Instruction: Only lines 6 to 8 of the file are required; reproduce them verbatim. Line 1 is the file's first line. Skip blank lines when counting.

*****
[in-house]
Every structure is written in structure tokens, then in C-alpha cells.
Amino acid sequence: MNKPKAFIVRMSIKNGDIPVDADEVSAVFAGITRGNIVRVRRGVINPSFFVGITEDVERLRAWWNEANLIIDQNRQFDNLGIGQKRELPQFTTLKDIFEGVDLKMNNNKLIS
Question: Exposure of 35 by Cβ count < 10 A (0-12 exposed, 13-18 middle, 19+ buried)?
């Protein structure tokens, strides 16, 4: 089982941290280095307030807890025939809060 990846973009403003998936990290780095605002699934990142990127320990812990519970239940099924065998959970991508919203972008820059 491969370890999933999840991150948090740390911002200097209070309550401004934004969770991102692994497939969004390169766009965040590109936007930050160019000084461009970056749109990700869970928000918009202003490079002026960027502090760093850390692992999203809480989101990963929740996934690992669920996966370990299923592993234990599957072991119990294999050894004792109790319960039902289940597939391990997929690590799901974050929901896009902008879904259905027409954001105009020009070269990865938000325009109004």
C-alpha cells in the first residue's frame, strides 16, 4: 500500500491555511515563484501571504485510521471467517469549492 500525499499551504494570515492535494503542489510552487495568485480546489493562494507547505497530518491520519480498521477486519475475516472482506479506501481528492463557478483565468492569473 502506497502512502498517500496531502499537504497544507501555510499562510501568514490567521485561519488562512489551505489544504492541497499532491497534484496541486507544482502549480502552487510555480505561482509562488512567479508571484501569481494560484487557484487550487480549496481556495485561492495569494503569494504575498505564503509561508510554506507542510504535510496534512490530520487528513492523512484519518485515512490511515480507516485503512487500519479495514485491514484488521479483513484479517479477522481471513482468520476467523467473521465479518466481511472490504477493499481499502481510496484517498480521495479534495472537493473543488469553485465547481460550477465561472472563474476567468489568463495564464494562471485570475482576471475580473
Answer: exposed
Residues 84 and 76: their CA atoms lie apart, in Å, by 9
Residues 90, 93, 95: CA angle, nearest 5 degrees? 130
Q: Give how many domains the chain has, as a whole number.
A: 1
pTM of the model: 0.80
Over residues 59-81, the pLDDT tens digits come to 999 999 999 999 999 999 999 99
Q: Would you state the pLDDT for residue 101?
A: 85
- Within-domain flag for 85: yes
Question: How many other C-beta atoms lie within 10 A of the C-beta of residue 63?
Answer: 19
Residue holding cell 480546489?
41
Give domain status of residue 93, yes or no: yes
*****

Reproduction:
C-alpha cells in the first residue's frame, strides 16, 4: 500500500491555511515563484501571504485510521471467517469549492 500525499499551504494570515492535494503542489510552487495568485480546489493562494507547505497530518491520519480498521477486519475475516472482506479506501481528492463557478483565468492569473 502506497502512502498517500496531502499537504497544507501555510499562510501568514490567521485561519488562512489551505489544504492541497499532491497534484496541486507544482502549480502552487510555480505561482509562488512567479508571484501569481494560484487557484487550487480549496481556495485561492495569494503569494504575498505564503509561508510554506507542510504535510496534512490530520487528513492523512484519518485515512490511515480507516485503512487500519479495514485491514484488521479483513484479517479477522481471513482468520476467523467473521465479518466481511472490504477493499481499502481510496484517498480521495479534495472537493473543488469553485465547481460550477465561472472563474476567468489568463495564464494562471485570475482576471475580473
Answer: exposed
Residues 84 and 76: their CA atoms lie apart, in Å, by 9